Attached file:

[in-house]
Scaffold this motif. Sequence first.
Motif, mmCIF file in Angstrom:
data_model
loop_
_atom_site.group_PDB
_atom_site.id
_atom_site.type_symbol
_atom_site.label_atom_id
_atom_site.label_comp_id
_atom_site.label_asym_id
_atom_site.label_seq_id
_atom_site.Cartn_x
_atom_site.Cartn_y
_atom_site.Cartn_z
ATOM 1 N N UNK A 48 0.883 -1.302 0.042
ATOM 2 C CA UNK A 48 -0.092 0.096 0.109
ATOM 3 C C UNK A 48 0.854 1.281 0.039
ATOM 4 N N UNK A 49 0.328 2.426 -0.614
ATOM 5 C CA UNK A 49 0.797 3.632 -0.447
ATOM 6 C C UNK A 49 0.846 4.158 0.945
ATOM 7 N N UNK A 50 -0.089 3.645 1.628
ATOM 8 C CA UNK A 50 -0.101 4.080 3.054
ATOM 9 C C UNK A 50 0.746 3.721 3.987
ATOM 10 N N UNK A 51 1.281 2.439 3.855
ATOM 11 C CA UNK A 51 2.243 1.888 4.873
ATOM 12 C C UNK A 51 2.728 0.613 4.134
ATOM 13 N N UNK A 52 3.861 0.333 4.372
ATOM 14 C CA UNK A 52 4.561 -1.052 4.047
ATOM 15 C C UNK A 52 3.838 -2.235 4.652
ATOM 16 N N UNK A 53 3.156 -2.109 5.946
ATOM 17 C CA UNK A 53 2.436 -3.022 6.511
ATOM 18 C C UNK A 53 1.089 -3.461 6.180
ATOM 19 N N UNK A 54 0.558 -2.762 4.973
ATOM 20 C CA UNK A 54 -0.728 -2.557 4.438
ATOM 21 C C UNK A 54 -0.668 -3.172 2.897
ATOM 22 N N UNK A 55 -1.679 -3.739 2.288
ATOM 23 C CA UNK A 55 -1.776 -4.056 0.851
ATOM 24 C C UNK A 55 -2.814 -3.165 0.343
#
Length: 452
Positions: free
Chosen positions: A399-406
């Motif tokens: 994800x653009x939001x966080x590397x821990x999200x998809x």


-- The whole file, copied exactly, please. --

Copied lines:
[in-house]
Scaffold this motif. Sequence first.
Motif, mmCIF file in Angstrom:
data_model
loop_
_atom_site.group_PDB
_atom_site.id
_atom_site.type_symbol
_atom_site.label_atom_id
_atom_site.label_comp_id
_atom_site.label_asym_id
_atom_site.label_seq_id
_atom_site.Cartn_x
_atom_site.Cartn_y
_atom_site.Cartn_z
ATOM 1 N N UNK A 48 0.883 -1.302 0.042
ATOM 2 C CA UNK A 48 -0.092 0.096 0.109
ATOM 3 C C UNK A 48 0.854 1.281 0.039
ATOM 4 N N UNK A 49 0.328 2.426 -0.614
ATOM 5 C CA UNK A 49 0.797 3.632 -0.447
ATOM 6 C C UNK A 49 0.846 4.158 0.945
ATOM 7 N N UNK A 50 -0.089 3.645 1.628
ATOM 8 C CA UNK A 50 -0.101 4.080 3.054
ATOM 9 C C UNK A 50 0.746 3.721 3.987
ATOM 10 N N UNK A 51 1.281 2.439 3.855
ATOM 11 C CA UNK A 51 2.243 1.888 4.873
ATOM 12 C C UNK A 51 2.728 0.613 4.134
ATOM 13 N N UNK A 52 3.861 0.333 4.372
ATOM 14 C CA UNK A 52 4.561 -1.052 4.047
ATOM 15 C C UNK A 52 3.838 -2.235 4.652
ATOM 16 N N UNK A 53 3.156 -2.109 5.946
ATOM 17 C CA UNK A 53 2.436 -3.022 6.511
ATOM 18 C C UNK A 53 1.089 -3.461 6.180
ATOM 19 N N UNK A 54 0.558 -2.762 4.973
ATOM 20 C CA UNK A 54 -0.728 -2.557 4.438
ATOM 21 C C UNK A 54 -0.668 -3.172 2.897
ATOM 22 N N UNK A 55 -1.679 -3.739 2.288
ATOM 23 C CA UNK A 55 -1.776 -4.056 0.851
ATOM 24 C C UNK A 55 -2.814 -3.165 0.343
#
Length: 452
Positions: free
Chosen positions: A399-406
């Motif tokens: 994800x653009x939001x966080x590397x821990x999200x998809x």